Imagine what would happen if you mixed the cyberpunk society of Ghost in the Shell with the frontier-like desert planet of Trigun and the giant mecha of Gundam. You’re in luck! It has already been animated and shown in Japanese theaters under the title Expelled From Paradise.
Expelled From Paradise follows Angela, a girl in her twenties, who was raised in a Matrix-like computer system on a space station orbiting a post-apocalyptic Earth. But after a hacker from the devastated planet below breaks into the system, she is tasked with finding and stopping the hacker in the real world. To do this, she is transferred into a clone body, given a mech, and told to meet up with Dingo, an agent living on Earth.
Thus begins her fish-out-of-water tale as she not only finds herself in a strange land she knows nothing about but also has to deal with a life trapped in a body that, unlike her digital one, requires food and rest. Together, Dingo and Angela travel across the frontier-like ruined Earth, trying to solve the mystery of the hacker’s identity and his true goals.
Because of its setting, Expelled From Paradise manages to be a western, cyberpunk, mecha, sci-fi, and comedy film, all at the same time. The mixing of all these genres into one cohesive narrative is one of the film's strongest points.
Angela is a member of a space colony whose inhabitants live with their consciousnesses downloaded into a virtual world. They don't even have real world bodies most of the time, just DNA records—and in the event you need to leave the colony, a clone body is simply grown for you to inhabit and your consciousness downloaded. The virtual world is a paradise with no war, hunger, or strife of any sort.
But as much as it is a utopia for the people living there, it is also a dystopia. When a child is born, its potential is measured as it is plugged into the matrix. This potential determines not only the child's role in life in the VR world but also how much RAM their consciousness is allowed to take up—as computer space is a finite resource. Of course, this means there is effectively an upper limit on personal and intellectual growth from the moment of birth.
Moreover, the system is largely static and unchanging—which stands in stark contrast to the lawless Earth below. And so while the space colony populace enjoys a level of technology far grander than that on Earth, it feels threatened by any change—and something as major as someone from Earth hacking into its systems and addressing the populace is something that must be prevented at all costs.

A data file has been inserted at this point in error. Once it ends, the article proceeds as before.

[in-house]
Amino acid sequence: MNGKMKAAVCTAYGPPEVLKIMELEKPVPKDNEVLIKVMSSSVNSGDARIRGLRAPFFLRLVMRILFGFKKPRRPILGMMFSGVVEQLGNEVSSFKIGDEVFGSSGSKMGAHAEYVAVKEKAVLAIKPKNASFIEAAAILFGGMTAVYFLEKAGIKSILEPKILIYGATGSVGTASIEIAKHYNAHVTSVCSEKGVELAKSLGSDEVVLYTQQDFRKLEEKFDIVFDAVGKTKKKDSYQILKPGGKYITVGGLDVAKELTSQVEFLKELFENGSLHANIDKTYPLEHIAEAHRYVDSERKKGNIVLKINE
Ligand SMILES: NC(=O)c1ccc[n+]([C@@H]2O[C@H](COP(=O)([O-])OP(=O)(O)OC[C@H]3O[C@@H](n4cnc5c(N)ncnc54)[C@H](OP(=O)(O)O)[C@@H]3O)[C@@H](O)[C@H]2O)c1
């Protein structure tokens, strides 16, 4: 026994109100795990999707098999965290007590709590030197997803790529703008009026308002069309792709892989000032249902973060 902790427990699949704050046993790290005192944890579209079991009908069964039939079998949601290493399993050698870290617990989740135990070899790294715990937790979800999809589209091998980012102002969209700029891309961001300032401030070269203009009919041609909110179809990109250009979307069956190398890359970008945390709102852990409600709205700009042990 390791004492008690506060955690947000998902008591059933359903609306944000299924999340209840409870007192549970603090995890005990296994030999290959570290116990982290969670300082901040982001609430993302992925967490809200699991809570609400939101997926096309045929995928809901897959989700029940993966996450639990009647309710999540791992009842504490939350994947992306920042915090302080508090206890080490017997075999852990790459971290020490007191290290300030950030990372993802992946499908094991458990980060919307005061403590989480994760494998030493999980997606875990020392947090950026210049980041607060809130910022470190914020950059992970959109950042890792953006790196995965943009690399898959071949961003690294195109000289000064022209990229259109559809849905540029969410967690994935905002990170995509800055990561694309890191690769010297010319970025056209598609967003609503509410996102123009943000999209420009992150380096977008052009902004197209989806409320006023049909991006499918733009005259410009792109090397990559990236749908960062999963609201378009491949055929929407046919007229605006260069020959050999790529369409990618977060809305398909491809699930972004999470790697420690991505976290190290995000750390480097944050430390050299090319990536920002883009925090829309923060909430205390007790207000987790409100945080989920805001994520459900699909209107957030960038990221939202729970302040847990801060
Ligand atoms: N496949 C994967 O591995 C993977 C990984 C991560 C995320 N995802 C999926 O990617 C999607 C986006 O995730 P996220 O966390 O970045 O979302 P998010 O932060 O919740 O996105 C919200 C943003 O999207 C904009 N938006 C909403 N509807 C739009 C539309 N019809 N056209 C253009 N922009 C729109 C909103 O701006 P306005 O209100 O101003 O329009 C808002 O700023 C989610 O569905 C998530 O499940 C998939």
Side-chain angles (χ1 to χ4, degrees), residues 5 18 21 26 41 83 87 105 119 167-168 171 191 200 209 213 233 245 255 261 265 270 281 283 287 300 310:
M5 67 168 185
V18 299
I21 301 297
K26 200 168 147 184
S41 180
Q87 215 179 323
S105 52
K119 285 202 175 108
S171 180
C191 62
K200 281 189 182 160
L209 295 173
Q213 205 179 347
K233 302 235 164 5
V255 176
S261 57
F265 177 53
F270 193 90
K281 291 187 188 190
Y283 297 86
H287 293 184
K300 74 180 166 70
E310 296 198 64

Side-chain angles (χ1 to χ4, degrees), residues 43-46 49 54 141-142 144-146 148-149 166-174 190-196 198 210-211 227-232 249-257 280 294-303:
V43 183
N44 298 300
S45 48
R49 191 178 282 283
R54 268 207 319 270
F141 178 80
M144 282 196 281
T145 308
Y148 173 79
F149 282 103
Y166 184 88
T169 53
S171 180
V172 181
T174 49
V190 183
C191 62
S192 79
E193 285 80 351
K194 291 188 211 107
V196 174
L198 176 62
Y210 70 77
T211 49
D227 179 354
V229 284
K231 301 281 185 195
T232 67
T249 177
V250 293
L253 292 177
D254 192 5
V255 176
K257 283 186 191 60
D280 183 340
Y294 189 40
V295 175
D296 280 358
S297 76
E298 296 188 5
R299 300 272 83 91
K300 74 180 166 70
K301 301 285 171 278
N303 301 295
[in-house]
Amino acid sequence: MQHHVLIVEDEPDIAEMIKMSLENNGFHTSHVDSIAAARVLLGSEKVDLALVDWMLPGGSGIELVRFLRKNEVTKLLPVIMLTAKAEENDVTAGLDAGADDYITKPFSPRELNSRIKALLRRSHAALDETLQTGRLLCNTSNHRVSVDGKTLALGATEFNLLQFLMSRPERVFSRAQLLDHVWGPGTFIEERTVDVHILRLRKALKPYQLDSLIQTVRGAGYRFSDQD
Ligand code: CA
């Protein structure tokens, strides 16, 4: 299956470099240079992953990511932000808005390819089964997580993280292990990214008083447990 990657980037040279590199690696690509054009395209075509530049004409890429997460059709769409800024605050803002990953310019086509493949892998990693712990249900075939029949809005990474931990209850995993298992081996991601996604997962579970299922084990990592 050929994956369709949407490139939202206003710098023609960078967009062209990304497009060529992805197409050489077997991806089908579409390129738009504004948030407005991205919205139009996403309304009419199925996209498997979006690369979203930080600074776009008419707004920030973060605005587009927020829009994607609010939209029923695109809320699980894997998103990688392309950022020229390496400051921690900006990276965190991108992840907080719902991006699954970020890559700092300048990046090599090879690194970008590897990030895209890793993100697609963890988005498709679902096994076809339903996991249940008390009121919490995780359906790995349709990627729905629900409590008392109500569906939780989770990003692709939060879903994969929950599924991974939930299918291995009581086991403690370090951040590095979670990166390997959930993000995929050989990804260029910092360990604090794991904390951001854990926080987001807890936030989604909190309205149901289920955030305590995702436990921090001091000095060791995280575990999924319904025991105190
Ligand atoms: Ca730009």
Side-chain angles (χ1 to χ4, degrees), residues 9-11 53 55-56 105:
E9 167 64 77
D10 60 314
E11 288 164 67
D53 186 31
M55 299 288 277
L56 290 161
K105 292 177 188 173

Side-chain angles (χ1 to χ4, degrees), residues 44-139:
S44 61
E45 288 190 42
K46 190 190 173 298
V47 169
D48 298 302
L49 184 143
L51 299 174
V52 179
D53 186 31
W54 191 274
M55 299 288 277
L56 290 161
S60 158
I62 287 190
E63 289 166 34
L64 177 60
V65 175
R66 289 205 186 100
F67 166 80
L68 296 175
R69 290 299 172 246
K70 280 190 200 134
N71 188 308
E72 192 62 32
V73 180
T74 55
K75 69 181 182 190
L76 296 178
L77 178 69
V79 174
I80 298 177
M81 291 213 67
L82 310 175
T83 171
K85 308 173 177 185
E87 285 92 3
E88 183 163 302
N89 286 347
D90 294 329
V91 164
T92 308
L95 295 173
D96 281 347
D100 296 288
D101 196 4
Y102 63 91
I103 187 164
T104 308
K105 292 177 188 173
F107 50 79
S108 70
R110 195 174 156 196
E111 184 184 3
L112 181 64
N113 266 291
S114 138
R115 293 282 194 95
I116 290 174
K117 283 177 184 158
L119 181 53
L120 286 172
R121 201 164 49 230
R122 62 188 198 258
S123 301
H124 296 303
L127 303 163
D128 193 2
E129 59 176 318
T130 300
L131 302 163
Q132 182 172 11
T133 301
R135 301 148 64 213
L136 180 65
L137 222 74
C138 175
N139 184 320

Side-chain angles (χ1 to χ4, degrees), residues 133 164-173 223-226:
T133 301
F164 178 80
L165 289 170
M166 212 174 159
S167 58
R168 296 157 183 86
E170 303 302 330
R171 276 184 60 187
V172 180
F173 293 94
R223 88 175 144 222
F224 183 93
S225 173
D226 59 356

For the past decade or so, there has been a steady change in animation from the traditional (and vastly more time consuming/expensive) 2D style to the 3D style which uses 3D computer models to, in essence, replicate the 2D style. While most mecha are done flawlessly with 3D models these days, it is still easy to tell when a human character is animated this way. Yet as evidenced by Arpeggio of Blue Steel to Knights of Sidonia, the 3D style is clearly improving all the time. Expelled From Paradise is the new high water mark of the 3D style as it manages to look indistinguishable from 2D animation more than half the time. And as for the mecha battles, well, they just look amazing—especially since making them in such quality with traditional 2D art would be impractical if not impossible.
When you really get past all the great ideas the film explores, it's easy to see the film's true structure. Like Avatar, Pocahontas, and The Last Samurai, Expelled From Paradise is basically Dances with Wolves. All these films have the same basic plot: People from another culture (that is thought superior) are forced into a situation where they interact with the natives of a different land. Then, over time, they come to realize the true qualities of the natives and overcome their prejudices. But eventually, when a conflict arises between the two cultures, it falls to the enlightened foreigners to protect the natives from their own people—often through force of arms.
Of course, while the basic framework of all the above “stranger in a strange land” films is the same, the specifics, settings, and storytelling purposes are all quite different. Expelled From Paradise also tweaks the formula a bit by having us—i.e., normal humans—being the barbarian natives instead of the supposedly enlightened foreigners. So while the plot structure is hardly anything new, the contents within easily allow the film to stand on its own.
Following the trend of Yamato 2199, Gundam Unicorn, and Ghost in the Shell Arise, Expelled From Paradise was available for purchase at the theater after the movie. While I didn't really think about it at the time, I found myself on the way home wishing I had bought a copy then and there. Expelled From Paradise is a fun, though often predictable, film that blends several different genres into a cohesive plot and builds an amazingly well-thought-out cyberpunk/post-apocalyptic world. While not truly groundbreaking nor much like the dark, depressing works screenwriter Gen Urobuchi is famous for (Madoka Magica, Fate/Zero, Psycho Pass), it is nonetheless one of the best—if not the best—anime experiences I've had at the theater this year. If you like cyberpunk, space western, mecha, sci-fi, or fish-out-of-water comedy anime, Expelled From Paradise is well worth your time.
Expelled From Paradise was released in Japanese theaters and on Limited Edition Blu-ray on November 15, 2014. There is currently no word on an international release.
Kotaku East is your slice of Asian internet culture, bringing you the latest talking points from Japan, Korea, China and beyond. Tune in every morning from 4am to 8am.